Front and Center: Militia Vox, Singer, Songwriter, Musician, Director, and Producer
By Myki Angeline
Militia Vox is shattering the stereotypes for women of color in the music industry. As an award-winning singer, songwriter, musician, visual artist, director, and producer she takes on every role personally to ensure her art is represented exactly how she envisions it to be. Vox is originally from Maryland and currently lives in NYC. She describes her music as alternative metal with a tinge of urban goth; a progressive, modern take on dark and heavy music. Vast, cinematic, and furiously feminine. Vox has learned to play a variety of instruments including the saxophone, drums, guitar, bass, and is a classically-trained pianist. Not only a solo artist, she also leads a heavy metal all female tribute band Judas Priestess! You can view a video at the end of this interview below.
Vox has recorded, toured, and performed with several icons in the industry that range from Cyndi Lauper to Nancy Sinatra, and Sandra Bernhard to Living Colour. Plus, she has been featured in several books on music, speaks at colleges and conferences, and models for Manic Panic alternative hair color and cosmetics.
Militia Vox shares with the WiMN what fuels her passion and drives her music to the forefront of the industry. Her new single, “AIR” releases everywhere August 18. You can learn more on her website militiavox.com.
WiMN: As an award-winning singer, songwriter, musician, visual artist, director and producer, how do you find balance when wearing so many hats in this industry?
MV: I don’t find balance, I find extremes. I tend to work obsessively fixated on one aspect at a time, burning the candle at both ends until I make what I need, then the pendulum swings to something else. It’s a deranged hyper-focus. On the surface it probably resembles ADD, but I wear all these “hats” because I kind of have to… and know I can. Also, I don’t want to have to compromise or explain myself all the time. I’d rather just DO. I have to visualize it, mold it and make it real. But it’s all for a greater cause – to serve ’the muse.’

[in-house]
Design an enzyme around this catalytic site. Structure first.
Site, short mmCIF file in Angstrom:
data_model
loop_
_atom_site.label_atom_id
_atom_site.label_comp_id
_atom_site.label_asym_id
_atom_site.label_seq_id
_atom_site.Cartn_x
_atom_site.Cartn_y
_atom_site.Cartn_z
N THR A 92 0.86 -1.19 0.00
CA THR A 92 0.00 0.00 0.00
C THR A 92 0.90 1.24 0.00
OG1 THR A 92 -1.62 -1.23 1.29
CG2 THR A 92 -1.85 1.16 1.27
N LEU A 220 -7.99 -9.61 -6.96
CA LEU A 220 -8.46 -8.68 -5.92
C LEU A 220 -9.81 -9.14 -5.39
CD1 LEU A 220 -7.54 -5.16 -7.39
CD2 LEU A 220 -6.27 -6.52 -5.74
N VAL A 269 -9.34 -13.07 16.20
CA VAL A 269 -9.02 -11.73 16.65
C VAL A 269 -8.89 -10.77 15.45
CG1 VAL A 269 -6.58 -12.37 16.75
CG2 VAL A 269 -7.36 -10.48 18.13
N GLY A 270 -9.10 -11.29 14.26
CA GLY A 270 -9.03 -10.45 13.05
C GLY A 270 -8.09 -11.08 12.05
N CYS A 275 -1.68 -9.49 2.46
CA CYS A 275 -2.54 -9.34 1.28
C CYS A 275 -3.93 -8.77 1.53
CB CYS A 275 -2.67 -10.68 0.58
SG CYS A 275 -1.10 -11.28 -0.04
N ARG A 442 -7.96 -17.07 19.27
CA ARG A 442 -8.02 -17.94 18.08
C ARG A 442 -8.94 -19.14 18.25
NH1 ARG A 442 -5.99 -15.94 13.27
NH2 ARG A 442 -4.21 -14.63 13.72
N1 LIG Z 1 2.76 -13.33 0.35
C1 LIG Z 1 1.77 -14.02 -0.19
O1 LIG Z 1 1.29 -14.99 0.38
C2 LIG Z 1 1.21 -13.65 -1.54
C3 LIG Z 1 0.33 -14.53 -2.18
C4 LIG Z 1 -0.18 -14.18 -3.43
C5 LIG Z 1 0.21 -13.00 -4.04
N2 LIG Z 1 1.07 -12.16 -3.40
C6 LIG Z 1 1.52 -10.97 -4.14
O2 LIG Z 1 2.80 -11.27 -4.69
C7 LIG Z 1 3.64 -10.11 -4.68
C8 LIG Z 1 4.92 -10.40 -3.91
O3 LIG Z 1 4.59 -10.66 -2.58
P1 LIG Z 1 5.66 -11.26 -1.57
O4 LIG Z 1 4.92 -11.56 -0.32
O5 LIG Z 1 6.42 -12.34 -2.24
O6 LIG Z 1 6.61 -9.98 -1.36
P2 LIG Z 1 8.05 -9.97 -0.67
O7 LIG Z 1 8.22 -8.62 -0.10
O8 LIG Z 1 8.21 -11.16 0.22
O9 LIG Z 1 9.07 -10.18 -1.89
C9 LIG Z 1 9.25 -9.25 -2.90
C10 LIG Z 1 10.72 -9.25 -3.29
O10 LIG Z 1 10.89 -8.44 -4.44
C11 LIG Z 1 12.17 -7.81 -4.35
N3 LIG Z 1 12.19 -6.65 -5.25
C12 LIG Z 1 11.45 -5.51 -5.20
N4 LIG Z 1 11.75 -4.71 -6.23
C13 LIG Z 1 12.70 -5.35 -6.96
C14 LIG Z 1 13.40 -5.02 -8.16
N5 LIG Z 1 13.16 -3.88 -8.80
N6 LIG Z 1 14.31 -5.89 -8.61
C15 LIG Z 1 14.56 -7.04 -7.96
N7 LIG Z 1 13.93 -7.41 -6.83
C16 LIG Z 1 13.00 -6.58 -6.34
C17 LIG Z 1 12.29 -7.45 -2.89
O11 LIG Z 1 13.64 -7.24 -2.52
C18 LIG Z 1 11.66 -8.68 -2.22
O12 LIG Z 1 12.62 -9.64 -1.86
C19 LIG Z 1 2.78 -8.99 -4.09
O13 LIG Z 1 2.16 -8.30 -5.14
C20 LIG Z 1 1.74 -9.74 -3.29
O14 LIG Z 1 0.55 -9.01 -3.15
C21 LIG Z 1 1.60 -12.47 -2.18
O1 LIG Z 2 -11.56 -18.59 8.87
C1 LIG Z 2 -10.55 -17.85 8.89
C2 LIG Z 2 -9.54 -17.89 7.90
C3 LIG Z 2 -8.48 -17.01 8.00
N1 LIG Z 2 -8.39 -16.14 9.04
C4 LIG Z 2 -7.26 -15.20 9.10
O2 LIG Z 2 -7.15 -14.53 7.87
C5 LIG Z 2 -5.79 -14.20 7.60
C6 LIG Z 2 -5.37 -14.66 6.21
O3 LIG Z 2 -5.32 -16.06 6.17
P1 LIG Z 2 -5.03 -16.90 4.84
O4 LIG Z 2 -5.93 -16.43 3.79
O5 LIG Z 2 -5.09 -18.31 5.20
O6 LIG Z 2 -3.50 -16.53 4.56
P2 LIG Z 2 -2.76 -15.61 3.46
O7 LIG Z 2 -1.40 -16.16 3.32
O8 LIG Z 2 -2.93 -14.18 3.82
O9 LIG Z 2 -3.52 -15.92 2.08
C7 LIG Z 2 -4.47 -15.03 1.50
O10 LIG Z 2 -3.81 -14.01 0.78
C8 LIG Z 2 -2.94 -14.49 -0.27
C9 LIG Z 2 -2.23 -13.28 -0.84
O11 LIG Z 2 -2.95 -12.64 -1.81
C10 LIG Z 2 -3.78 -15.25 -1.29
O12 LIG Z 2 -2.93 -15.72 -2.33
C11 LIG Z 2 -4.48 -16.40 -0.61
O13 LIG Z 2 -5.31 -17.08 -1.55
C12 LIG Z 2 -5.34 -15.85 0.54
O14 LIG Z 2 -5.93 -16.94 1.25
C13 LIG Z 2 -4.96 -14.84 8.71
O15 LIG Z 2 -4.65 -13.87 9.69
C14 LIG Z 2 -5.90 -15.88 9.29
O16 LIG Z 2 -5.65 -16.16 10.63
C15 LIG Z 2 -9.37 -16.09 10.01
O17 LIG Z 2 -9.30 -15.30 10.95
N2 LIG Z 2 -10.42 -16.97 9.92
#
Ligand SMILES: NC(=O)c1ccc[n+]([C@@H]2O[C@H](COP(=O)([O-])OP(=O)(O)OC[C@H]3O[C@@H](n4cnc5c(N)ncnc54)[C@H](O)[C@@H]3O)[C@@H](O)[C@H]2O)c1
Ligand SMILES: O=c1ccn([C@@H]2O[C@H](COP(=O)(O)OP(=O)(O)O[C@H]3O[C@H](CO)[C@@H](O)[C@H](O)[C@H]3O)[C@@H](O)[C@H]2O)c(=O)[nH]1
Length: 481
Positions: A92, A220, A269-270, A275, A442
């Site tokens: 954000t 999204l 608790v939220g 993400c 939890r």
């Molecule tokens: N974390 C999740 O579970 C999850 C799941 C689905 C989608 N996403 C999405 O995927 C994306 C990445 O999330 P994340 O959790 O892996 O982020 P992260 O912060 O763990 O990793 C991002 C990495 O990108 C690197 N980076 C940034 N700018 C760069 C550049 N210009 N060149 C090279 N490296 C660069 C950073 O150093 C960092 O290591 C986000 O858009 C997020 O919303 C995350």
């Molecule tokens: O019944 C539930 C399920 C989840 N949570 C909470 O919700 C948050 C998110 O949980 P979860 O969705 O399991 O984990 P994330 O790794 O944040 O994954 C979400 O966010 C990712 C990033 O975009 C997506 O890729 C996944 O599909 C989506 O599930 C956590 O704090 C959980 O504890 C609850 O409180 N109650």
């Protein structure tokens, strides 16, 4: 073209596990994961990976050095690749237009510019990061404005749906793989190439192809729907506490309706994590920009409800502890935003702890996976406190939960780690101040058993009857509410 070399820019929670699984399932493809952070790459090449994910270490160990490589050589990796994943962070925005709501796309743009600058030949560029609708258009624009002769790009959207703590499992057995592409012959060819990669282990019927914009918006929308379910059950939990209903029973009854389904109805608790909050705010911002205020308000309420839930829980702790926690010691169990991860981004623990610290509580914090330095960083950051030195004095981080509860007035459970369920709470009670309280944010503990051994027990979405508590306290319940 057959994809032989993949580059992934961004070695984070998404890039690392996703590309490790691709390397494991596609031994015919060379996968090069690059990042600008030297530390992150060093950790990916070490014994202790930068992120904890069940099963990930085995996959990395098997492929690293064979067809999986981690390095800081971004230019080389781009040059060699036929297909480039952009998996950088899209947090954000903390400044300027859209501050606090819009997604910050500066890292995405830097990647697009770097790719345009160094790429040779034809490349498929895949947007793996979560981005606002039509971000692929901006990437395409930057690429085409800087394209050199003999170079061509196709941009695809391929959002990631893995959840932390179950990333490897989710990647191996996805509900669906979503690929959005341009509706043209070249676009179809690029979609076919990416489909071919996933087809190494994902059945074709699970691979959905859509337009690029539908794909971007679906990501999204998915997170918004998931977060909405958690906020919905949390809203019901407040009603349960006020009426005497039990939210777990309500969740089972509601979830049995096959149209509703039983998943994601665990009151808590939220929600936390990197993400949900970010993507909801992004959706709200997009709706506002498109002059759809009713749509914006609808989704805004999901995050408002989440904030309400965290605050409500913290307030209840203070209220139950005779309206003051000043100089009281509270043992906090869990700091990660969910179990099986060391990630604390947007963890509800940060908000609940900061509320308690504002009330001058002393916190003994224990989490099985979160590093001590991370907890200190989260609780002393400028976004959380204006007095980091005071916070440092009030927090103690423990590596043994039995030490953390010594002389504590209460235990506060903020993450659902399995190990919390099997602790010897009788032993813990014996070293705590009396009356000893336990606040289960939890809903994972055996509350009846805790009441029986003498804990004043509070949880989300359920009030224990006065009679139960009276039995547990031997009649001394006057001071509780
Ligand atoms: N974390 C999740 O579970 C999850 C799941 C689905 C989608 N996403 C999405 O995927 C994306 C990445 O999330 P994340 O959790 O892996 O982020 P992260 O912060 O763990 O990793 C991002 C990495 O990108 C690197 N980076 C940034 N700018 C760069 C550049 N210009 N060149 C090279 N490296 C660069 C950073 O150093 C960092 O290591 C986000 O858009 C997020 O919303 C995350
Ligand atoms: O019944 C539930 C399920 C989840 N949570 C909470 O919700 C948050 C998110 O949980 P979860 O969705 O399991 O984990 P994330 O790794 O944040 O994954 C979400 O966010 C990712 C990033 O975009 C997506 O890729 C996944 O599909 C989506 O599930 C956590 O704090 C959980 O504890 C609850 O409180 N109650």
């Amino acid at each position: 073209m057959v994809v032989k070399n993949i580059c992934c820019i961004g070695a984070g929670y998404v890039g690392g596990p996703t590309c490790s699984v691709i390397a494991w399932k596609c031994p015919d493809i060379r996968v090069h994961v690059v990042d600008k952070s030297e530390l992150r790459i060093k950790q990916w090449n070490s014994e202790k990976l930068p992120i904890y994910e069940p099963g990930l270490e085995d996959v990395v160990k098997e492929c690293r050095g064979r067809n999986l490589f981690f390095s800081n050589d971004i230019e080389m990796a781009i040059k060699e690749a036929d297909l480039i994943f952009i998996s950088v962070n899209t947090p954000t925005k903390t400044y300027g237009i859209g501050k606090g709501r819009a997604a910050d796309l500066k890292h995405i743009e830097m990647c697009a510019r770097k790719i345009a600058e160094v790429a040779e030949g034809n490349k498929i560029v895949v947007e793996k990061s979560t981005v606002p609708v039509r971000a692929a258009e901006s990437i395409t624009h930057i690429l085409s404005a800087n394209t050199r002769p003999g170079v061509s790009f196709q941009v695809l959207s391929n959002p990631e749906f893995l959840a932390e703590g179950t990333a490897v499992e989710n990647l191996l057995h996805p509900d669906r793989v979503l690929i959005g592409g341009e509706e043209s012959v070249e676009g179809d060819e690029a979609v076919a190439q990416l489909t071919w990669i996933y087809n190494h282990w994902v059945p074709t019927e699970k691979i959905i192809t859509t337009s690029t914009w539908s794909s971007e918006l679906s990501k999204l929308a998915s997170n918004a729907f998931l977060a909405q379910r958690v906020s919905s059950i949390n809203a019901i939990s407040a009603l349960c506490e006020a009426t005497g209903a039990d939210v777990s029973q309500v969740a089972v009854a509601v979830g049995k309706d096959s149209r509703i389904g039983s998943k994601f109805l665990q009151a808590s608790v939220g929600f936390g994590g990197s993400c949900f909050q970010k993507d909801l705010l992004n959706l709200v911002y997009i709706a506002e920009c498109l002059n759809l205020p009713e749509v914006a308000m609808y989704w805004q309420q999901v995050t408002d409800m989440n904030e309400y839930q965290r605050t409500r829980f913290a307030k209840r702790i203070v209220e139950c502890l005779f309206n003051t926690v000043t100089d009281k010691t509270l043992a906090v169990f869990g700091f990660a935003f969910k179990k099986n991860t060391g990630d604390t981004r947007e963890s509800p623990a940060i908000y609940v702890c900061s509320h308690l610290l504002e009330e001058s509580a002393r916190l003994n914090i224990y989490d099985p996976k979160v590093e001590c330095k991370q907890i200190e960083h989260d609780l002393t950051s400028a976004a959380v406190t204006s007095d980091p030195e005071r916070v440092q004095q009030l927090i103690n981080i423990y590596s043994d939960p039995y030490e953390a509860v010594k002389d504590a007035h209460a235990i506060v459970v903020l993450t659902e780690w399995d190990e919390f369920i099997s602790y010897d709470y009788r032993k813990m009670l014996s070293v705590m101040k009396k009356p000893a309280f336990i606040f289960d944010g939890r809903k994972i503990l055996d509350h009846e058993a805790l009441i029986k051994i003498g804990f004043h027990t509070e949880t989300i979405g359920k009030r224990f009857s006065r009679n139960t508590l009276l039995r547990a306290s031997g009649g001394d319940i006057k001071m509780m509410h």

WiMN: You have performed with quite a variety of iconic artists like Cyndi Lauper, Nancy Sinatra, Twisted Sister, Living Colour, Candlebox, and L7. What was the fan reception like performing for such a diverse audience each time?
MV: I’m responsible for connecting with whoever I’m performing with and anyone watching- my job is to make it great and memorable. I’m just a channel to embody and deliver the sound, vibe and attitude whatever the style or the audience may be. It’s humbling and triumphant to work with my childhood idols and artists that I have learned from and deeply respect…(Some may not even realize that!) I now get to see them as peers and friends and they continue to amaze me. Even though the audiences may vary, ultimately, we are all merely music addicts.
WiMN: Your performance platform has ranged from plays to musicals to film. How is your experience unique on each level?